after a suitable timeframe, and a number of banks being slow on the uptake, they will implement regulatory guidance that will force banks to comply with reduced or eliminated fees, likely by calendar EOY 2024.

there has been criticism for a number of banks that their account agreement does not specifically spell out every type of paid item that can result in OD or NSF, as well as how represented items can cause this too, and they have made some headlines on these banks with findings and fines.
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#2268513 - 03/31/22 05:55 PM Re: ODP and NSF Baker
Inherent_Risk Offline
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I think there has been a pretty concerted (and relatively effective) effort by the industry to defend at least some Overdraft fees from the "junk fee" label, but I have not heard much defending NSF fees. I think they are currently lumped together a lot, but I do not think they will be by the end of this. They are very different fees.

Pure speculation on my part, but, looking at the current pre-changes BoA fee schedule, which is pretty typical I think, the amount they charge to pay an item into Overdraft is the same as it is to not pay it. That doesn't make a ton of sense. I think the changes BoA are currently making in May (removing NSF fees, reducing OD), combined with the vigorous defense of overdraft fees, but not NSF fees, by the industry suggest that, while Overdraft fees will likely be part of this, NSF fees are going to be hit hard.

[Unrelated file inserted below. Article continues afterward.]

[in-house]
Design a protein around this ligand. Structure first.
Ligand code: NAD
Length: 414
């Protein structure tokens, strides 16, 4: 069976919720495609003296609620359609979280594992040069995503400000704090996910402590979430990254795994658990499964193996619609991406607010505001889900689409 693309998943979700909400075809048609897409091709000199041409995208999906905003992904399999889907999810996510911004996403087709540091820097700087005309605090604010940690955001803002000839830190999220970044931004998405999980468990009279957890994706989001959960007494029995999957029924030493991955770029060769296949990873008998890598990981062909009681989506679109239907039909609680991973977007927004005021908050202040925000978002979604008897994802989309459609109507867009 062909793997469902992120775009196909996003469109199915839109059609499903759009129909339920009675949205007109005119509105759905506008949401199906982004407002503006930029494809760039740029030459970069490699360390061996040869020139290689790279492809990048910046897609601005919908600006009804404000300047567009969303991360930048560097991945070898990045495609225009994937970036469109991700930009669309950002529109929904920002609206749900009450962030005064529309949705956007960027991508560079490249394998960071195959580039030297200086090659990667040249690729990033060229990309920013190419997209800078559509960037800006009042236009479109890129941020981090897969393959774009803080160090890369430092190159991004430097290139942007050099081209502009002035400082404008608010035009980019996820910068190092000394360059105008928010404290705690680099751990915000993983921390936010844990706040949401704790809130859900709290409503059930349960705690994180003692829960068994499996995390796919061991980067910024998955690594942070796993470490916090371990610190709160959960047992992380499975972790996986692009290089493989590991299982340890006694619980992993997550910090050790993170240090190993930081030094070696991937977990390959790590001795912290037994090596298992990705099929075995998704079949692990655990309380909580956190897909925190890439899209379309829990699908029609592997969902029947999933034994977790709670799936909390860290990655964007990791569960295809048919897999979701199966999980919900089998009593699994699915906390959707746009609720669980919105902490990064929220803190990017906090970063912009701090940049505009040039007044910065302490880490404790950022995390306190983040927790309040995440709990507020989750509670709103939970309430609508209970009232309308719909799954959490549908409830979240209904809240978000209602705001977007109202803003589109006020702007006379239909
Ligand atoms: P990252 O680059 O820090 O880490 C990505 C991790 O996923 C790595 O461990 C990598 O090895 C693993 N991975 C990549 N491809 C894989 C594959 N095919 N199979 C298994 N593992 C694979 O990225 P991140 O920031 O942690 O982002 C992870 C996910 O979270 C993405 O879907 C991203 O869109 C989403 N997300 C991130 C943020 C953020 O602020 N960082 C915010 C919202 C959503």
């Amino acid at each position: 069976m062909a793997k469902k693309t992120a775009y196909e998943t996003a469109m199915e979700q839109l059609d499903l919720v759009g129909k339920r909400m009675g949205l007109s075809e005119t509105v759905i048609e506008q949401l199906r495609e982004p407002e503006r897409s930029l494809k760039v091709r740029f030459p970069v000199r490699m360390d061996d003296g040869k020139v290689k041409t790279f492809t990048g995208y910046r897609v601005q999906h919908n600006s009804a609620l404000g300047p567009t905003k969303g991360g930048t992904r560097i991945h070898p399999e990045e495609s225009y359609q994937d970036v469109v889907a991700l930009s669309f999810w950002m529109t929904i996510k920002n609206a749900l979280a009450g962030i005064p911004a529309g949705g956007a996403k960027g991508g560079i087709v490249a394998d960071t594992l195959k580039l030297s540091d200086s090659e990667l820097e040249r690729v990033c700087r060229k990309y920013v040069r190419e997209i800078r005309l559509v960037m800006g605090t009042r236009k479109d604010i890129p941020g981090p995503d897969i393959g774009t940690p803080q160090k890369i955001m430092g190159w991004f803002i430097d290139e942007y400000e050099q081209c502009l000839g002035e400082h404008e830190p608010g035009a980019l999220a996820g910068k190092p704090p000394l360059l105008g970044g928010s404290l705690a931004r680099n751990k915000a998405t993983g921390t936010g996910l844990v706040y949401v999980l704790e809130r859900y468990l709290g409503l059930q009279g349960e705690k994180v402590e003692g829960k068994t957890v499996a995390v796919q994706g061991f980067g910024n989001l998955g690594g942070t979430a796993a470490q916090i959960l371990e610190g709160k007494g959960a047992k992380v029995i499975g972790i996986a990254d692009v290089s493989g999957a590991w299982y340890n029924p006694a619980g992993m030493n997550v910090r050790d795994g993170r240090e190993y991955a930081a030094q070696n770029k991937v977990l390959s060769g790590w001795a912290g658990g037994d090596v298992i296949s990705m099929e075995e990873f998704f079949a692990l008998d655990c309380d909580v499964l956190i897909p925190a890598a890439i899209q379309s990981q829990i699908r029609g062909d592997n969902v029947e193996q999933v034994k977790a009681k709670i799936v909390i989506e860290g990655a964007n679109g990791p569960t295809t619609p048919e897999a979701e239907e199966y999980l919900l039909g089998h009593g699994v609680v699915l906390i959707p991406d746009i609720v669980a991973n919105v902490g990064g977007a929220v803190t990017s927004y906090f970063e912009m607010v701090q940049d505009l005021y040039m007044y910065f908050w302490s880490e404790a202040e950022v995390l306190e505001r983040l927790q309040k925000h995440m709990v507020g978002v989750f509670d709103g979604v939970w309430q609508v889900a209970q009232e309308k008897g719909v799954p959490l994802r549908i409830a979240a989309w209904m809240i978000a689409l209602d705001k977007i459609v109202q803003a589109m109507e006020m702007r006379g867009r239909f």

At any rate, if your institution relies on any of these fees, it's probably a good idea to start looking at how you might replace that income now, even if you don't want to make any changes until something formal comes along.

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#2268676 - 04/05/22 02:48 PM Re: ODP and NSF Baker
John Burnett Online
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John Burnett
Joined: Oct 2000
Posts: 39,593
Cape Cod
If there is one fee practice that is an Achille's heel for bankers, it's the charging of an OD or NSF fee each time an item hits an account in any of its potential forms, without disclosing that the same item can trigger multiple charges. Even when the item includes a check serial number in any of its variations -- the original check, a mobile deposited image of the check, a physical redeposit of the original check, an ACH RCK entry of the same check -- there are still a lot of banks that don't have the systems to detect multiple presentments.

Some argue that banks need to upgrade their systems to catch multiple presentments and suppress OD and NSF fees for second and subsequent presentments. Others say that banks need to disclose the potential for multiple presentments and consequent multiple fees.

Without legislation imposing price controls on these fees, I don't think that regulatory limits will fly. While the Bureau currently imposes inflation-adjustable caps on credit card late and penalty fees, the caps were mandated by lawmakers in the CARD Act. Congress doesn't seem to see a need to regulate deposit account fees.